I Don’t Care Who Won The Super Bowl


I don’t enjoy watching the Super Bowl.

Disclaimer…I’ve never really  cared for professional sports other than baseball – it’s just not my thing.  But I especially dislike football.

Perhaps its because  a lot of the football players at my high school were entitled jerks. Or because the culture of both collegiate and professional football has tolerated players harassing and assaulting women for decades.  Or because I think the idea of paying professional female dancers less than minimum wage to shake their booties in skimpy costumes during games, while the players get paid millions of dollars for throwing a pigskin around, is offensive and ludicrous.   

All of this doesn’t sit well with my feminist side.  

My distaste for the game grew even greater once doctors started warning about chronic traumatic encephalopathy (CTE) and its long-term effects on the brain. Frankly, I’m not sure how we can continue to glorify football and have teenagers and even little kids playing the game given the growing body of evidence that points to the risks.  Last I heard, there are plenty of other after-school sports that aren’t linked to a higher incidence of early dementia, Parkinson’s, or suicidal ideation.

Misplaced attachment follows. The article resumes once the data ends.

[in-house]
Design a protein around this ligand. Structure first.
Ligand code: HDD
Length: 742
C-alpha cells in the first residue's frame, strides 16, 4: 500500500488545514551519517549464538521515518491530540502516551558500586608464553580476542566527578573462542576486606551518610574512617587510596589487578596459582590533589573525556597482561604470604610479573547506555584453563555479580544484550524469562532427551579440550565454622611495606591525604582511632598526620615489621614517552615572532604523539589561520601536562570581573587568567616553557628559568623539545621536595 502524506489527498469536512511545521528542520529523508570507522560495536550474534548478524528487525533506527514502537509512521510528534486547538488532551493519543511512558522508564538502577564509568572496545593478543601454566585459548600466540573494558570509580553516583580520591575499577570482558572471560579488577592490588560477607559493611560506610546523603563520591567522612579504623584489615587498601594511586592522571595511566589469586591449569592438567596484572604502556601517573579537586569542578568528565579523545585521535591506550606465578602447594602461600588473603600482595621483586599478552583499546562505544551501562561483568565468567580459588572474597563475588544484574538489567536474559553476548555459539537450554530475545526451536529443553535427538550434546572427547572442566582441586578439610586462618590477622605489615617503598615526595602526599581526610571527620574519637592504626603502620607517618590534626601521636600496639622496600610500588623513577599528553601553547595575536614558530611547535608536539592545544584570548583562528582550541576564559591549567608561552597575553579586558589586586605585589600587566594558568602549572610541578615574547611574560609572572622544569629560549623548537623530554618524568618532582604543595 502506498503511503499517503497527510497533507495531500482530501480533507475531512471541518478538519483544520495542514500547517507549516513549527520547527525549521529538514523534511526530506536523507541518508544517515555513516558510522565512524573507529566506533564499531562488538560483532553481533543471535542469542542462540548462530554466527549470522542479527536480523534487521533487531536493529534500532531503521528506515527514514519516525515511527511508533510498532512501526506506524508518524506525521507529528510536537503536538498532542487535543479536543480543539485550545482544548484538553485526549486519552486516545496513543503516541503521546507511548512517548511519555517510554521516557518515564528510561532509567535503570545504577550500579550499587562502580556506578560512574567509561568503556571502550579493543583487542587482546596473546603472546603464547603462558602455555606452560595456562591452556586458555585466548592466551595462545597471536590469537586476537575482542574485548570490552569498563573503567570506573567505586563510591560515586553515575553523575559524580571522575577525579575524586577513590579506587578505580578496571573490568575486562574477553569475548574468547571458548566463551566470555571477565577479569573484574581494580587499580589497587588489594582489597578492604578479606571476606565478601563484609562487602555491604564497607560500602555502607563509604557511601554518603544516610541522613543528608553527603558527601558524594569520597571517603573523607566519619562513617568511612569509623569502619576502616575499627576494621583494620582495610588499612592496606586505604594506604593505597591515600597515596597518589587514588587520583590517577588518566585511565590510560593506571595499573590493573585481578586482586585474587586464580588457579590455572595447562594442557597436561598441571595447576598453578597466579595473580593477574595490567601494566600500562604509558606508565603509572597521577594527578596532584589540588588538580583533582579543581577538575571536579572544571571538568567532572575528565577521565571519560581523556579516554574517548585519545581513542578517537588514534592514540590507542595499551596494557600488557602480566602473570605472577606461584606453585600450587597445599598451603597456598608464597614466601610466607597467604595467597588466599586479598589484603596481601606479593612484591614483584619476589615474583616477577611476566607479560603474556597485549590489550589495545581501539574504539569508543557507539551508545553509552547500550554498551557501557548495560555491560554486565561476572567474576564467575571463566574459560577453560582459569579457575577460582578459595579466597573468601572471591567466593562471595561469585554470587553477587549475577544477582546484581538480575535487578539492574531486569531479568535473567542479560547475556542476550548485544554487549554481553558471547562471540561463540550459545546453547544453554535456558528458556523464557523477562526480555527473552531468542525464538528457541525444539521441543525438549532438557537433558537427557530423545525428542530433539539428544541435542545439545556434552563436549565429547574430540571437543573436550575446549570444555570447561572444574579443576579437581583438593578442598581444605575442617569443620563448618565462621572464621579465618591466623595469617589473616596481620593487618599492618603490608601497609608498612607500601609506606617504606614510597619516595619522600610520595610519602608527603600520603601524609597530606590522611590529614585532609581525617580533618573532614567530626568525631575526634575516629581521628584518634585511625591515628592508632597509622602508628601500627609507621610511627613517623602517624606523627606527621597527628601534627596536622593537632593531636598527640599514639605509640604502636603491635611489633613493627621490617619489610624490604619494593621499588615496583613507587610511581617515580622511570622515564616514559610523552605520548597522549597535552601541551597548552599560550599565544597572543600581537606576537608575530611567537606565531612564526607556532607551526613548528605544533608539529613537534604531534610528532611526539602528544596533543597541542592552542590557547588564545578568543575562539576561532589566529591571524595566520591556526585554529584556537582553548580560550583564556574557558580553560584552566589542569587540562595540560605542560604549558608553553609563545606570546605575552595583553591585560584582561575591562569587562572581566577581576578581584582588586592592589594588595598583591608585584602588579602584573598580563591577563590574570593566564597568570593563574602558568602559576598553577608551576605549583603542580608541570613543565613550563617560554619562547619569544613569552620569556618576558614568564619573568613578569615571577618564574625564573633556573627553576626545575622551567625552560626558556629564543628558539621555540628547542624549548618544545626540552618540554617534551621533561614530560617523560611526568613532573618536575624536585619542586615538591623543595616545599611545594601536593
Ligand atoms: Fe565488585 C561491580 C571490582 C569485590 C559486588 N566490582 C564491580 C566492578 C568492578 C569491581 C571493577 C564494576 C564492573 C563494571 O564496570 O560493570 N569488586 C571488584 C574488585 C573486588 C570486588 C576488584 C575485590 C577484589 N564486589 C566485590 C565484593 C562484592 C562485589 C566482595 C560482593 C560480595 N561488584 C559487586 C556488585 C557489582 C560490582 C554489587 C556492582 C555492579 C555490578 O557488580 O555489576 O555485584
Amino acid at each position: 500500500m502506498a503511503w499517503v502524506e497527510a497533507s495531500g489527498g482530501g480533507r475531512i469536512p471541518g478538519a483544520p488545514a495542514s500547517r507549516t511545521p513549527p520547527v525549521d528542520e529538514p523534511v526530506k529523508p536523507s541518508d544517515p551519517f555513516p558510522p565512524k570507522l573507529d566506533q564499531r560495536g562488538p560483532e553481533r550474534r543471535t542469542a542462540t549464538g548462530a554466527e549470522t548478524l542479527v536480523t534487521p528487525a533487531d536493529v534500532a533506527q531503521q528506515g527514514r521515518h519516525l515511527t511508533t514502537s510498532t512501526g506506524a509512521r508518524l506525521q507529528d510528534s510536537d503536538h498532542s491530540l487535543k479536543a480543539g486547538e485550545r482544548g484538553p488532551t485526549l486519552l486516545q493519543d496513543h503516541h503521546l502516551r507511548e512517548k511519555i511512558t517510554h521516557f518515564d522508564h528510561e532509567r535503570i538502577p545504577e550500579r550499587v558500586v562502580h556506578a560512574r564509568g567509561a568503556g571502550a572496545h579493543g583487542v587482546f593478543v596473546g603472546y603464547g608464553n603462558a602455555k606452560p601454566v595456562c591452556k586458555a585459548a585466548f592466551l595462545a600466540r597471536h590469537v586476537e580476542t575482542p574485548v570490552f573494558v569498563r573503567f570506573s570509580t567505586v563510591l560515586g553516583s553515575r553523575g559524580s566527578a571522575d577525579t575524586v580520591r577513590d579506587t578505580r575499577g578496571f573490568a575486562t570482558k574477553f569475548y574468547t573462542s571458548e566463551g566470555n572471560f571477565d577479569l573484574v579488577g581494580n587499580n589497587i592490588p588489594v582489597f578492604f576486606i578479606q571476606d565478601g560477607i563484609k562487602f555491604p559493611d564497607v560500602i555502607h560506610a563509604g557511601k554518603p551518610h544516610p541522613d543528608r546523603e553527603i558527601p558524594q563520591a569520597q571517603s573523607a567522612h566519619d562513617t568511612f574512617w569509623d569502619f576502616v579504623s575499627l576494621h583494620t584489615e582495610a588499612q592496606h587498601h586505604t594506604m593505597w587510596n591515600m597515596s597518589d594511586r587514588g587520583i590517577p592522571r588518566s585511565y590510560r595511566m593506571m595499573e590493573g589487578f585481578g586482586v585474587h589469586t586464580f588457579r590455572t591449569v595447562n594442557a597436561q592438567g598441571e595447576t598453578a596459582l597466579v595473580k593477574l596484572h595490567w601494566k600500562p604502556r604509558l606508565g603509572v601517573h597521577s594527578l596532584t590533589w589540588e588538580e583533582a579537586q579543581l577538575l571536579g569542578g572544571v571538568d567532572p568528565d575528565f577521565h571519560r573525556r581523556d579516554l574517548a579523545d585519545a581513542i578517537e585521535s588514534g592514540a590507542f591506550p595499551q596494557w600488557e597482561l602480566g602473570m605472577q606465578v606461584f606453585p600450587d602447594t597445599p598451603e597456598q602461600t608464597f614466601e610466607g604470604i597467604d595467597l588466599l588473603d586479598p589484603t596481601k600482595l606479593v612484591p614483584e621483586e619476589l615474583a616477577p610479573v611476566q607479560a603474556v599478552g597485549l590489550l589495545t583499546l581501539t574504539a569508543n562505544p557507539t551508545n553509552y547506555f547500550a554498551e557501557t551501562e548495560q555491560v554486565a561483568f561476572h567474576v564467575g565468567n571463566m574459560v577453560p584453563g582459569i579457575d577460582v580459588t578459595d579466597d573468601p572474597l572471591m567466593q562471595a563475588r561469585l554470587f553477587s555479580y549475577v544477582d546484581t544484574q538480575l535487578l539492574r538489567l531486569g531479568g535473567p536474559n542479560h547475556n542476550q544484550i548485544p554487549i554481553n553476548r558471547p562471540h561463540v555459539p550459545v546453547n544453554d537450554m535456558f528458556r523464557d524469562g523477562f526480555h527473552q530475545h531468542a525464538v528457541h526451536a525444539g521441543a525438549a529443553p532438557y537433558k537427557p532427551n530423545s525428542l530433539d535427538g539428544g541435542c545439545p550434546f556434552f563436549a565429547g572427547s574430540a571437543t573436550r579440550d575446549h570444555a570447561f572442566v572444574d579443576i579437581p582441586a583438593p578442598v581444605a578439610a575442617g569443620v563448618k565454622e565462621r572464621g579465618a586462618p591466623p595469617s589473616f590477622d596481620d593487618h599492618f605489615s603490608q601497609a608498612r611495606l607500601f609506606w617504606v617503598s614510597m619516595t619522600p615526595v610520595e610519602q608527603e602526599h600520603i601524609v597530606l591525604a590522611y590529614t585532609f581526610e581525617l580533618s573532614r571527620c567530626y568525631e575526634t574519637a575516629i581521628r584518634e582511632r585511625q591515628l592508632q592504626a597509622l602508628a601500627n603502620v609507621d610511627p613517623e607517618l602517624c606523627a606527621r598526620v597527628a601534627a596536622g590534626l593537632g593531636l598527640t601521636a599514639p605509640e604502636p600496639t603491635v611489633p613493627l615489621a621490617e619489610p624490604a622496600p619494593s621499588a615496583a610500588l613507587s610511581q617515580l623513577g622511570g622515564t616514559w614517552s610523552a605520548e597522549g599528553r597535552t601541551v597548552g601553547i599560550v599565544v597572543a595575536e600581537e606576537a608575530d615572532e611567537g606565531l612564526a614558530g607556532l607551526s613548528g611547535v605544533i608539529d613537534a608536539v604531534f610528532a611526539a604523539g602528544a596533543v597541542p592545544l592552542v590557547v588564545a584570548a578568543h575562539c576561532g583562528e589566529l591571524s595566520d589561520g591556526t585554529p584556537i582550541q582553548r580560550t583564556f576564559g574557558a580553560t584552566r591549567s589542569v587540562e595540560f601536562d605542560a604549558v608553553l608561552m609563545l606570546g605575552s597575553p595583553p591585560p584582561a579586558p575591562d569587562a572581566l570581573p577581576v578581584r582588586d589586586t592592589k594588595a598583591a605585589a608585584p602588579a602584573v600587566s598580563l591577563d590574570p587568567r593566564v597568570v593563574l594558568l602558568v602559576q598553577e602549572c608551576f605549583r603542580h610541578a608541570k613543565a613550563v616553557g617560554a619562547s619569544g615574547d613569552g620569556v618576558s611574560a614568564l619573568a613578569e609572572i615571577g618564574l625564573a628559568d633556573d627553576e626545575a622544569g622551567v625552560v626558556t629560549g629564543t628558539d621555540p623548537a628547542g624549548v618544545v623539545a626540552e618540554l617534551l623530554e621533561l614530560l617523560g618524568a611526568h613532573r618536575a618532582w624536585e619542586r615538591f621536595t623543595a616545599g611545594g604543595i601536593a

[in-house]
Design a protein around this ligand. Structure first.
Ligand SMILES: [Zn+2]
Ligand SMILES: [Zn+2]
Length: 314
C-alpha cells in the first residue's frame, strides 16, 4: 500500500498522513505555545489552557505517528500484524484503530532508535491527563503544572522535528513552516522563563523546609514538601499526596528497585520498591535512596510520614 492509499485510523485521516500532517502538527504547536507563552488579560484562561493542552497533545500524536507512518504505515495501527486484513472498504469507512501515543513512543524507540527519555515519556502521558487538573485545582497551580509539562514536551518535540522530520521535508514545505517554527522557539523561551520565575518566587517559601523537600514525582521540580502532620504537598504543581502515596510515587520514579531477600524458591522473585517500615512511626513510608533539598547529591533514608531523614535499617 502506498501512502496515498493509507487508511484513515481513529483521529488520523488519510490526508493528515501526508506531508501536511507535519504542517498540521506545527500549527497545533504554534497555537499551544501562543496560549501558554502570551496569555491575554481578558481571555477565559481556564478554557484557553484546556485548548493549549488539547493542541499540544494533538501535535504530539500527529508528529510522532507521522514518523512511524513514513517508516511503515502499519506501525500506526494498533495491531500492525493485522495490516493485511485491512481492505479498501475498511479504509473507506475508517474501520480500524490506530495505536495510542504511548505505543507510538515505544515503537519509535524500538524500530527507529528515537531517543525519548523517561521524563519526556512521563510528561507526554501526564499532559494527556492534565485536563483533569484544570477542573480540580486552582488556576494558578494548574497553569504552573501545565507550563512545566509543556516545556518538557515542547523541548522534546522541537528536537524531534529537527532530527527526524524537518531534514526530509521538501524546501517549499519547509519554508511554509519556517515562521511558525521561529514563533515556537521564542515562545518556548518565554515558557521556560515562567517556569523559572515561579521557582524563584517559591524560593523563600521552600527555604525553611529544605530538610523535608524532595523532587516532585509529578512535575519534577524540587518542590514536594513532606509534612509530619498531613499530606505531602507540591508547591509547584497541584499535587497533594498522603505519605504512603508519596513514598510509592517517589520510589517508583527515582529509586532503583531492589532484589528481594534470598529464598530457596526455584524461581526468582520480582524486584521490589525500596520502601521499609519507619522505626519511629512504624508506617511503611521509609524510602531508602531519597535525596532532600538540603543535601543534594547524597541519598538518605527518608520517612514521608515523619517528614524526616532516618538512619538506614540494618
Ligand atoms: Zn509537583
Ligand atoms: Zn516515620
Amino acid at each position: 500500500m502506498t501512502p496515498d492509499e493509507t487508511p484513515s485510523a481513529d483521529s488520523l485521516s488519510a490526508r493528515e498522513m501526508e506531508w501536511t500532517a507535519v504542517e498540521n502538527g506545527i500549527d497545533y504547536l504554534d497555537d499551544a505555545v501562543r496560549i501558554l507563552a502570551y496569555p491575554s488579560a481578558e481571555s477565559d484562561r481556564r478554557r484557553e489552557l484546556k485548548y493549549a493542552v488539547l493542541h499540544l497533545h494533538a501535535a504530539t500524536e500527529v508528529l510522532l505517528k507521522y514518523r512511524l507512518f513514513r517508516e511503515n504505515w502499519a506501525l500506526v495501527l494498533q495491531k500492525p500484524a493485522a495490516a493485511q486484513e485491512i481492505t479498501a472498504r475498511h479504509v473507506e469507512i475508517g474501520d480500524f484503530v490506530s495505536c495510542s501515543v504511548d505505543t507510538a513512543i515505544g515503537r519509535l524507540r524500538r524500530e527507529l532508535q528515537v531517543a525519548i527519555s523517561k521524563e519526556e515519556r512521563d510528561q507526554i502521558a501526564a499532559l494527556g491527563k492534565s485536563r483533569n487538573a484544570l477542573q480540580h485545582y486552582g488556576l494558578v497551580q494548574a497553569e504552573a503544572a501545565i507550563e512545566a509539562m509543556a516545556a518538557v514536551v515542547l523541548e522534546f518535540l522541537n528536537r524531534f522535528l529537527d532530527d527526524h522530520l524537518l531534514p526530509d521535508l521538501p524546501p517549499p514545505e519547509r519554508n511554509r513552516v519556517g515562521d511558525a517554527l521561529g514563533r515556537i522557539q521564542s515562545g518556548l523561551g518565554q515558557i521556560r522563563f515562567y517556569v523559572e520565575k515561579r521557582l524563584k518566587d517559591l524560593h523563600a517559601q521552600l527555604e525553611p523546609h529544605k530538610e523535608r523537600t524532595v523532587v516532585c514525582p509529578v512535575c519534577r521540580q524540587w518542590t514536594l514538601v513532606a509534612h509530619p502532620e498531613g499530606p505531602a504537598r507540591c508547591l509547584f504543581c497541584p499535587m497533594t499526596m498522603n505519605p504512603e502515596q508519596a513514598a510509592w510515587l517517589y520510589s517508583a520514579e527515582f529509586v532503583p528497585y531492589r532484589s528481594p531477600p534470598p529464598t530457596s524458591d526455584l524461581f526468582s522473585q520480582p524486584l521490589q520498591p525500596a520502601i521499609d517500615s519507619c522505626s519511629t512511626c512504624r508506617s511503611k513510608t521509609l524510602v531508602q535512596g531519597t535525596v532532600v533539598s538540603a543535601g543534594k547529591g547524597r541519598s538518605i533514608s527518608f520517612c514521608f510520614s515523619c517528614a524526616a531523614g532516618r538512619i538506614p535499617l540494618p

In actuality, the game was completely off my radar until yesterday.   I made the mistake of going to Costco so I could get an eyeglass prescription filled.  It was an absolute zoo. Cart after cart  piled high with every type of booze and junk food option under the sun, while wild-eyed fans in football jerseys pushed their food mountains down the aisles as if we were on the eve of a zombie apocalypse.